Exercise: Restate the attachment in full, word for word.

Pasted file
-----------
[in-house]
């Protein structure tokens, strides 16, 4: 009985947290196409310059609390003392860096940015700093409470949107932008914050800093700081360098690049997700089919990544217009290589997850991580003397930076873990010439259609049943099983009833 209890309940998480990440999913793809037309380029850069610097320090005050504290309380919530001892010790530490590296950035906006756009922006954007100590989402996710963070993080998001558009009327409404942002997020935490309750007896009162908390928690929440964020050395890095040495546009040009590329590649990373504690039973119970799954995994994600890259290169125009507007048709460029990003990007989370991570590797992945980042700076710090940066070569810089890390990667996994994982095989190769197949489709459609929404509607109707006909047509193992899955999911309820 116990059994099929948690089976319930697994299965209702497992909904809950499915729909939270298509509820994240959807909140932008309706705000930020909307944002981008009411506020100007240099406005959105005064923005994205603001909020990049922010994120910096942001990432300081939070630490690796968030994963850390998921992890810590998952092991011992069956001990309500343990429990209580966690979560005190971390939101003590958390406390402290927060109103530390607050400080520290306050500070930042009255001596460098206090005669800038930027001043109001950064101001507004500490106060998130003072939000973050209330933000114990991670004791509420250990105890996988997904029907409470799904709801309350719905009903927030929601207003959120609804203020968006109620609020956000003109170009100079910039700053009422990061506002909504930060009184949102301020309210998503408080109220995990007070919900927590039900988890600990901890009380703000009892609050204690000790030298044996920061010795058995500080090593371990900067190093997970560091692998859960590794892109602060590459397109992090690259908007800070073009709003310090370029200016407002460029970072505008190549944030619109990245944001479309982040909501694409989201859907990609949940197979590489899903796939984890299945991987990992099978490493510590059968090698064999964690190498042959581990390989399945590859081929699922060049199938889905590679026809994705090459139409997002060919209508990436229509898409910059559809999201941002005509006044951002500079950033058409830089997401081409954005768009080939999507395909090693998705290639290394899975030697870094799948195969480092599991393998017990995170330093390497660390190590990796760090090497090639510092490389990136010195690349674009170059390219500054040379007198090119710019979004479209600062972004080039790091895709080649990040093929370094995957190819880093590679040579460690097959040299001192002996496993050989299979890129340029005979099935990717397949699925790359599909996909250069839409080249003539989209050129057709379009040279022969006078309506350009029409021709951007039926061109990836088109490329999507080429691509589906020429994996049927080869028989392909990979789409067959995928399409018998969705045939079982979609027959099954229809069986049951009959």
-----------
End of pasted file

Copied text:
[in-house]
């Protein structure tokens, strides 16, 4: 009985947290196409310059609390003392860096940015700093409470949107932008914050800093700081360098690049997700089919990544217009290589997850991580003397930076873990010439259609049943099983009833 209890309940998480990440999913793809037309380029850069610097320090005050504290309380919530001892010790530490590296950035906006756009922006954007100590989402996710963070993080998001558009009327409404942002997020935490309750007896009162908390928690929440964020050395890095040495546009040009590329590649990373504690039973119970799954995994994600890259290169125009507007048709460029990003990007989370991570590797992945980042700076710090940066070569810089890390990667996994994982095989190769197949489709459609929404509607109707006909047509193992899955999911309820 116990059994099929948690089976319930697994299965209702497992909904809950499915729909939270298509509820994240959807909140932008309706705000930020909307944002981008009411506020100007240099406005959105005064923005994205603001909020990049922010994120910096942001990432300081939070630490690796968030994963850390998921992890810590998952092991011992069956001990309500343990429990209580966690979560005190971390939101003590958390406390402290927060109103530390607050400080520290306050500070930042009255001596460098206090005669800038930027001043109001950064101001507004500490106060998130003072939000973050209330933000114990991670004791509420250990105890996988997904029907409470799904709801309350719905009903927030929601207003959120609804203020968006109620609020956000003109170009100079910039700053009422990061506002909504930060009184949102301020309210998503408080109220995990007070919900927590039900988890600990901890009380703000009892609050204690000790030298044996920061010795058995500080090593371990900067190093997970560091692998859960590794892109602060590459397109992090690259908007800070073009709003310090370029200016407002460029970072505008190549944030619109990245944001479309982040909501694409989201859907990609949940197979590489899903796939984890299945991987990992099978490493510590059968090698064999964690190498042959581990390989399945590859081929699922060049199938889905590679026809994705090459139409997002060919209508990436229509898409910059559809999201941002005509006044951002500079950033058409830089997401081409954005768009080939999507395909090693998705290639290394899975030697870094799948195969480092599991393998017990995170330093390497660390190590990796760090090497090639510092490389990136010195690349674009170059390219500054040379007198090119710019979004479209600062972004080039790091895709080649990040093929370094995957190819880093590679040579460690097959040299001192002996496993050989299979890129340029005979099935990717397949699925790359599909996909250069839409080249003539989209050129057709379009040279022969006078309506350009029409021709951007039926061109990836088109490329999507080429691509589906020429994996049927080869028989392909990979789409067959995928399409018998969705045939079982979609027959099954229809069986049951009959």